Exclusive: Law Society puts paralegal accreditation scheme on hold

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By Legal Futures

12 December 2013

Law Society: additional research

The Law Society has delayed the launch of its paralegal accreditation scheme, Legal Futures has learned.

We revealed in May that the society’s ruling council was told that the scheme – aimed at non-qualified staff working in organisations regulated by the Solicitors Regulation Authority – was scheduled to go live in autumn 2013.

However, last week Chancery Lane instead began a survey of employers of paralegals and paralegals themselves to get a better understanding of the sector, such as where paralegals are employed, what type of work they are doing, and how employers’ workforce needs are changing.

A spokeswoman explained that at the time the report to council was written, “the project team had not been able to digest fully the results of the research which had been carried out earlier in the year.

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“That research showed that there was an appetite among employers for the Law Society to become more engaged in this area, which was encouraging, but it also led to further questions about the nature and extent of our engagement, hence the investment in the additional research which we are currently undertaking. We believe that this will prove to be time well spent.”

The research will look at whether there are services short of accreditation that the society could provide, such as training. The Legal Education and Training Review (LETR) final report recommended that there should be paralegal career pathways and a voluntary register, “and the research will help to inform our response”, the society said.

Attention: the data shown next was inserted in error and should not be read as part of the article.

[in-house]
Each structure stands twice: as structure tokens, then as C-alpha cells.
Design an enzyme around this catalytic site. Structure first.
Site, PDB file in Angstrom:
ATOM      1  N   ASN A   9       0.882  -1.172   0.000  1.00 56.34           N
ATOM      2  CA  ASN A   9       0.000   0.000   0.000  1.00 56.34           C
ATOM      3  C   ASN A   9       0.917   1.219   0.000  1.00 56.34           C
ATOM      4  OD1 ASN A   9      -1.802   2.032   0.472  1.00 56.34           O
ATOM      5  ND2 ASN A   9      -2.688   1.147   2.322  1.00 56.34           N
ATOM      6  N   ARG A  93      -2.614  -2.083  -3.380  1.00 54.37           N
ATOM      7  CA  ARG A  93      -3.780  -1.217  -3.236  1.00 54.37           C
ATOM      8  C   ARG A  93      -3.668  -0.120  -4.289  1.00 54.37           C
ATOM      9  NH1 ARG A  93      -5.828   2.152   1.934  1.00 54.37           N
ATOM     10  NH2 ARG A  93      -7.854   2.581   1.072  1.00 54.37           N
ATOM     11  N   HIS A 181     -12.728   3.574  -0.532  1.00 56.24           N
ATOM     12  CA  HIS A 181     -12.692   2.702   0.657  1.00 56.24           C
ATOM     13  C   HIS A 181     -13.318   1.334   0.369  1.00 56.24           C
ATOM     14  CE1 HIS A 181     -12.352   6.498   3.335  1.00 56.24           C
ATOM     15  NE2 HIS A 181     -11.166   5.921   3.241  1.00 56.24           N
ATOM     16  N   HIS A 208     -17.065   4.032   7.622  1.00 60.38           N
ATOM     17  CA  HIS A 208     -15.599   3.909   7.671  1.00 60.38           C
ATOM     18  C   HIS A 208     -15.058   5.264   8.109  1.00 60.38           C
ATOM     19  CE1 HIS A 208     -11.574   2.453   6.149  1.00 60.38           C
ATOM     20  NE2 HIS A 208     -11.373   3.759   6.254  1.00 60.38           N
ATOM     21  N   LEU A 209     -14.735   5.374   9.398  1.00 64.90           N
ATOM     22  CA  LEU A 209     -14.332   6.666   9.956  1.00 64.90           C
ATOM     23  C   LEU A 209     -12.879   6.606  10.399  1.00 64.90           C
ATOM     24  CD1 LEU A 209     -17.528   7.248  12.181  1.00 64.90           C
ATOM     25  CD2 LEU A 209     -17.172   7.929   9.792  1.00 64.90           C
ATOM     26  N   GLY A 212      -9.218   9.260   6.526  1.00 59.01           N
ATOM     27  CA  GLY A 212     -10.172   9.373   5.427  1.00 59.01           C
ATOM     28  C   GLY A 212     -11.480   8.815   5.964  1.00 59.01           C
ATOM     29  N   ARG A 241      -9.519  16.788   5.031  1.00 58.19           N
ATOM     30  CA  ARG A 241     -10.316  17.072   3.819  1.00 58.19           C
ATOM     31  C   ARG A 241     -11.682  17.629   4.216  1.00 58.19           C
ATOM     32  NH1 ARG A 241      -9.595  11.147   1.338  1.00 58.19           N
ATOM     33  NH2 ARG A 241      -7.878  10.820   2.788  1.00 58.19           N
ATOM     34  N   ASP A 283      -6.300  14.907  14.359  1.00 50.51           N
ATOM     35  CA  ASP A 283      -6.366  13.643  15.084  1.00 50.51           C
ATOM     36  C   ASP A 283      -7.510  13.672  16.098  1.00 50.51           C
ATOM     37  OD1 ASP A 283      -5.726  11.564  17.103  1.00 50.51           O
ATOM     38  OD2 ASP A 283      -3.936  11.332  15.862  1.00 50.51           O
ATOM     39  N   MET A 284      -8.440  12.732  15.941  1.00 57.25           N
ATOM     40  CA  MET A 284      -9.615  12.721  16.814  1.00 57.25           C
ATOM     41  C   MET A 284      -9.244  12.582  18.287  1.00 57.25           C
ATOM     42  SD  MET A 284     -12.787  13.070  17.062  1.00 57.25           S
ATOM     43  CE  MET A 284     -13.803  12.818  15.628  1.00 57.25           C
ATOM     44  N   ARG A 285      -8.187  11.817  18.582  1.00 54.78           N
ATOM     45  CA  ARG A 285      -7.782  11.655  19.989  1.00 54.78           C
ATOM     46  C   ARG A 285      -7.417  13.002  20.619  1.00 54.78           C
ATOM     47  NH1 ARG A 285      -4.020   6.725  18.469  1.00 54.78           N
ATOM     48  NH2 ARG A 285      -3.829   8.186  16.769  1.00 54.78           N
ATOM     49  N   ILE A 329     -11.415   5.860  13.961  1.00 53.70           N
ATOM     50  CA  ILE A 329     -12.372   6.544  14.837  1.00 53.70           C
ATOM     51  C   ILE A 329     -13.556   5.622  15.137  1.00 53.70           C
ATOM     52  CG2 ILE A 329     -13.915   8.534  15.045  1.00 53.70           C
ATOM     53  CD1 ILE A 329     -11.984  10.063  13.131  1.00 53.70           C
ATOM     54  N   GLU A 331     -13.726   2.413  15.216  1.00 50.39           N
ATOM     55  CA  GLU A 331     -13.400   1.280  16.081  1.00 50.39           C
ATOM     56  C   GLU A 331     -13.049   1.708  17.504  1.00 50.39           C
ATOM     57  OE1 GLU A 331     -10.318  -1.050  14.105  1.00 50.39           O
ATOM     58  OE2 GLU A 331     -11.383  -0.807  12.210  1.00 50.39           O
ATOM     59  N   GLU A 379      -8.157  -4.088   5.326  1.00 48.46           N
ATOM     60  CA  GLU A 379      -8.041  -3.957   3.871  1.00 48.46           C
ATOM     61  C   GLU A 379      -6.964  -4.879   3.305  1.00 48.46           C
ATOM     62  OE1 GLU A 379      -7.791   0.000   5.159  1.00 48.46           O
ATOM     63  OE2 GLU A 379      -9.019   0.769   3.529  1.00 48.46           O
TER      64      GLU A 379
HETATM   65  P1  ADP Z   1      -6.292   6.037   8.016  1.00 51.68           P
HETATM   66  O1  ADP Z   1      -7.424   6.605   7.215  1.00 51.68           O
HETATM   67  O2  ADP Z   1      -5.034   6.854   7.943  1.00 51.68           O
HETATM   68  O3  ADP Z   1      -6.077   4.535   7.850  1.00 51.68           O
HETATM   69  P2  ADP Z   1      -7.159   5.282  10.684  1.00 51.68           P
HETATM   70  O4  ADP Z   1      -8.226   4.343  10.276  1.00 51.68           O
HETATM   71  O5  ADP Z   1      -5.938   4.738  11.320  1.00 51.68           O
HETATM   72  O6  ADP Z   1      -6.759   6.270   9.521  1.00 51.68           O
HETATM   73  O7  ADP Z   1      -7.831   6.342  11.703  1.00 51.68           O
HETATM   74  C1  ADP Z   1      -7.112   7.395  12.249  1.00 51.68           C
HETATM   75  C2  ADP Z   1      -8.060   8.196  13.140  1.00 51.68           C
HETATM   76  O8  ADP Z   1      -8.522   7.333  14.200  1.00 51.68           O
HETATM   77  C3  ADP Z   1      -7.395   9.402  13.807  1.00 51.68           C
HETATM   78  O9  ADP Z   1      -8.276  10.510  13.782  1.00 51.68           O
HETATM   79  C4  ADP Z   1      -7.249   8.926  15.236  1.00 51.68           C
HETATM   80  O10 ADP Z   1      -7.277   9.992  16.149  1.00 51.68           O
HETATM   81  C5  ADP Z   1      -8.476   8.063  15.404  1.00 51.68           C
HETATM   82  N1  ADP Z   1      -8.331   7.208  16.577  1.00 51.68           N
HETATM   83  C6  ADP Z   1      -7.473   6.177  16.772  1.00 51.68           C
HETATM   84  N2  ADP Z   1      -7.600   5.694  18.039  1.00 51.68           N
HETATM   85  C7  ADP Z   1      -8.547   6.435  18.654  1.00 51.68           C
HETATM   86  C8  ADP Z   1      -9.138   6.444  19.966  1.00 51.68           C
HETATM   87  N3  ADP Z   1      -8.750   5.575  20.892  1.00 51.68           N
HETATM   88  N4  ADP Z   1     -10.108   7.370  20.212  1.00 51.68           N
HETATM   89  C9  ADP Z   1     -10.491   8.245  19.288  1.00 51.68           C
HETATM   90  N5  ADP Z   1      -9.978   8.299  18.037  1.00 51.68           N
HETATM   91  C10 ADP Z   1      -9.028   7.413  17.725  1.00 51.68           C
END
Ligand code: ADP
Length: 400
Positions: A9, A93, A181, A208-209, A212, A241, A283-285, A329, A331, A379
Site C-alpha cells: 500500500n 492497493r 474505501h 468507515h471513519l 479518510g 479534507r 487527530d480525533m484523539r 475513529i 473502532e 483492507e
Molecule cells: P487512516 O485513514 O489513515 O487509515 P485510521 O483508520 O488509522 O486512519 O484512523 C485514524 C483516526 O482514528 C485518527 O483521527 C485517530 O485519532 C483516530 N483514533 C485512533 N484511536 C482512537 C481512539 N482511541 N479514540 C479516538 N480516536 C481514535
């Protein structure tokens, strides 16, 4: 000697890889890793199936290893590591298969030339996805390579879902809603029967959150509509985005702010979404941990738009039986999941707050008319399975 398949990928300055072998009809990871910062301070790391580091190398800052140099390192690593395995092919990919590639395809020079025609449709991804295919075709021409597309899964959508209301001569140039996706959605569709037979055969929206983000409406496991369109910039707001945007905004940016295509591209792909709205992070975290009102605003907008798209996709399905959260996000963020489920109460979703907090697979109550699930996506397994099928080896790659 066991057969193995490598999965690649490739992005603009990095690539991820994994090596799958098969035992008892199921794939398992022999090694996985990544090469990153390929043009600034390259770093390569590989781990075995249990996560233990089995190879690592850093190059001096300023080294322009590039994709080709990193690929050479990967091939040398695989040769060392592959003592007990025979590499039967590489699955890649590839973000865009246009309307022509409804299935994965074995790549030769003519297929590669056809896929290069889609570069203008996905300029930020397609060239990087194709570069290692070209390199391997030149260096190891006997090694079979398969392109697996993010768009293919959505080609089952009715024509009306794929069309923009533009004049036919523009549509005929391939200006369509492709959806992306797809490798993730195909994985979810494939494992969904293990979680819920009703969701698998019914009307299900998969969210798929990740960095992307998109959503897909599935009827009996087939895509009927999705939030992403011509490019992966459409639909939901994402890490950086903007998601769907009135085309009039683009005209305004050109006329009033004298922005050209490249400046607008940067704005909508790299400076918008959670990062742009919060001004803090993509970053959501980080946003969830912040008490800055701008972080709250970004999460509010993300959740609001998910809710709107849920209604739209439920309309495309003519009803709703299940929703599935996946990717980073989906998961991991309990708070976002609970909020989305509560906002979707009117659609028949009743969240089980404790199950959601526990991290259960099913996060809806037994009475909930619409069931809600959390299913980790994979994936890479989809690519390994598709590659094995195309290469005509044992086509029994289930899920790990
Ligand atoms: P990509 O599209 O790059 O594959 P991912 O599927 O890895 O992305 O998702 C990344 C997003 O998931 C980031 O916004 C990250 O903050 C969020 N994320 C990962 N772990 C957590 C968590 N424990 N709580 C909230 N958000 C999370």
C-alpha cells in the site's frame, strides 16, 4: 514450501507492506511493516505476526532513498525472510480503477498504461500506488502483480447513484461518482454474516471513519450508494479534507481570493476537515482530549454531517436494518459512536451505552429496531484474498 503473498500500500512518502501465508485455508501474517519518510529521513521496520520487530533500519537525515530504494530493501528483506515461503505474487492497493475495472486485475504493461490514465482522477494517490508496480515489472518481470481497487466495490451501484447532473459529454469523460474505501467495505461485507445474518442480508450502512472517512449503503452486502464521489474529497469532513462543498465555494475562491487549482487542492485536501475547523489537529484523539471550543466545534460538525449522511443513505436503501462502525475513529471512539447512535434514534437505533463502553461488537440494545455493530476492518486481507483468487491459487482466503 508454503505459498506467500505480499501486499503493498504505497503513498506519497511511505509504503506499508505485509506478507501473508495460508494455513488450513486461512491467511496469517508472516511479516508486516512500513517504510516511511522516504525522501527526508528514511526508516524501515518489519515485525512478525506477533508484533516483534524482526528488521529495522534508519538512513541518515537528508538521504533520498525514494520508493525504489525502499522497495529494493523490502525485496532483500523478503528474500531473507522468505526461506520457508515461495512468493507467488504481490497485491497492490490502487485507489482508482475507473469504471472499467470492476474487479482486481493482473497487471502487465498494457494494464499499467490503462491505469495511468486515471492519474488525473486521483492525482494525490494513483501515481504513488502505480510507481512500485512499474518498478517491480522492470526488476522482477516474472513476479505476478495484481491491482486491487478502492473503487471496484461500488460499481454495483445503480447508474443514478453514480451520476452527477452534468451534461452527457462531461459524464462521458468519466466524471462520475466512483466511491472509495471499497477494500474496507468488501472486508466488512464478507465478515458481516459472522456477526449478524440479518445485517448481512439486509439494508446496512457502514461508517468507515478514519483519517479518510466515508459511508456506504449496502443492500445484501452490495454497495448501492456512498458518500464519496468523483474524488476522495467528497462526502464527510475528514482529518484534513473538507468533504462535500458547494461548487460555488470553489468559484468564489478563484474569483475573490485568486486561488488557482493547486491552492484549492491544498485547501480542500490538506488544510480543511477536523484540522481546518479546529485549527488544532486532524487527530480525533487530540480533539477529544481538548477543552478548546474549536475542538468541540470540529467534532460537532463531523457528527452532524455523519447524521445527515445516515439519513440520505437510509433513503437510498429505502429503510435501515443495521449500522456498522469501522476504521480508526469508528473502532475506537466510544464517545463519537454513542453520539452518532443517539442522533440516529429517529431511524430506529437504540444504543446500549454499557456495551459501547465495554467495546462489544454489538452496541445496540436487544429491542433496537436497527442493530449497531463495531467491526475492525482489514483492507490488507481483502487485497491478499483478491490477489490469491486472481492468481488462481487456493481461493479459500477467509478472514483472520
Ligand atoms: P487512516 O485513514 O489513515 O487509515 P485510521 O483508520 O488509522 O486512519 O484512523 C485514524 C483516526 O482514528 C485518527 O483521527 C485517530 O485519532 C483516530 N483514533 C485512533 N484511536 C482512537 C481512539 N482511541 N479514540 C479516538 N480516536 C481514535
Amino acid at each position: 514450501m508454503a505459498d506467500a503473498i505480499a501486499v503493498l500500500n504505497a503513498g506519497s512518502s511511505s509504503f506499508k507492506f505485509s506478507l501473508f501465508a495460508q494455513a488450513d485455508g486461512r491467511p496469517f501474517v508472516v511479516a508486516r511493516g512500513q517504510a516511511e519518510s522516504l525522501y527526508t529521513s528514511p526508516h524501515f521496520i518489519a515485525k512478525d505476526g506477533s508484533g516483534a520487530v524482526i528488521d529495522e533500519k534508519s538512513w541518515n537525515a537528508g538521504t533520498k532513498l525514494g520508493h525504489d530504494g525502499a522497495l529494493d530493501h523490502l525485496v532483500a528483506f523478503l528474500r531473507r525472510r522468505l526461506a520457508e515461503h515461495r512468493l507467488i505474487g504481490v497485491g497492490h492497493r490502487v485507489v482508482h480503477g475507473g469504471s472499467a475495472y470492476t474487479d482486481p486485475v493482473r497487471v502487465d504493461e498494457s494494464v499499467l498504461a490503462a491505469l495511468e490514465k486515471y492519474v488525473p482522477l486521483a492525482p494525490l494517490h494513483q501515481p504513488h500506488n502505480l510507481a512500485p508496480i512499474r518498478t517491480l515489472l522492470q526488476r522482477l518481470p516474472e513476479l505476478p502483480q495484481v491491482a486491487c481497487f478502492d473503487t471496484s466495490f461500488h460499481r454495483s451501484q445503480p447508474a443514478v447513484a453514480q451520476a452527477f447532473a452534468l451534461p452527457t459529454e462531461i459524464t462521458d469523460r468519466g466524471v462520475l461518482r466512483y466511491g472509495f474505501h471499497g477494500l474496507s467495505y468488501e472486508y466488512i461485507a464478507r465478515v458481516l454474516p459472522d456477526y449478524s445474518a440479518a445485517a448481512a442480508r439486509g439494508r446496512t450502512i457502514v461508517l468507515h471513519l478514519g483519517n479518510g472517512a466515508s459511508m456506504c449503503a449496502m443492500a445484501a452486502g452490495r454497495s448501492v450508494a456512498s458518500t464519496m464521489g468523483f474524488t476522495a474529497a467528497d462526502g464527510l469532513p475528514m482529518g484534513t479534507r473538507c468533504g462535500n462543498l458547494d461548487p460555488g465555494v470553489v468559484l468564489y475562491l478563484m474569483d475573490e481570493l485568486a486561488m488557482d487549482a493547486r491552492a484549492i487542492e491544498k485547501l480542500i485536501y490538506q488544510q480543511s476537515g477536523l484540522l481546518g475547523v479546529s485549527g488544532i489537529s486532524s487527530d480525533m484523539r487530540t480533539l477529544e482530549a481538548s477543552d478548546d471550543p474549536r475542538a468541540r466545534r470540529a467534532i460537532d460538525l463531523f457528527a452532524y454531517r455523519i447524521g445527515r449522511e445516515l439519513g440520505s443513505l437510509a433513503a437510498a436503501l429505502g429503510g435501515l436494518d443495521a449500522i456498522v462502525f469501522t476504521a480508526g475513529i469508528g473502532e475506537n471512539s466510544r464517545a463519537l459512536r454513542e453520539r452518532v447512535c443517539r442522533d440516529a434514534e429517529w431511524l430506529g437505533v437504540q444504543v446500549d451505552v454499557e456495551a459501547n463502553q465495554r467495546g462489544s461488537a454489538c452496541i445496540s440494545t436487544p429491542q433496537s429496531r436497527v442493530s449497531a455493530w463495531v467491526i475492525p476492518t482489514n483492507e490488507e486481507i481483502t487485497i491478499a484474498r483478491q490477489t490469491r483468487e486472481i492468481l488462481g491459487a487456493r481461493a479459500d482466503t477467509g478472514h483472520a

It now does not expect to determine the way forward until the spring of next year.

The initial intention was that accreditation would be available to the many thousands of staff in legal practice from secretaries to those with an LLB or LLB/LPC and no training contract. The aim was to drive up standards and provide recognition to these employees.

The society is behind its counterpart in Scotland, which in 2010 launched the ‘registered paralegal scheme’ in association with the Scottish Paralegal Association, introducing across-the-board competencies and adherence to a code of conduct for paralegals working with solicitors.

Meanwhile, the Society of Specialist Paralegals – an alumni organisation for graduates of Central Law Training’s paralegal qualification programmes – recently merged into the Institute of Paralegals.

Institute chief executive David Holland said: “We are very excited about the fast-evolving potential for paralegals to become recognised as a distinct group of legal practitioners. This merger confirms our intention to be a major player in that development in both the regulated and unregulated legal sectors.”

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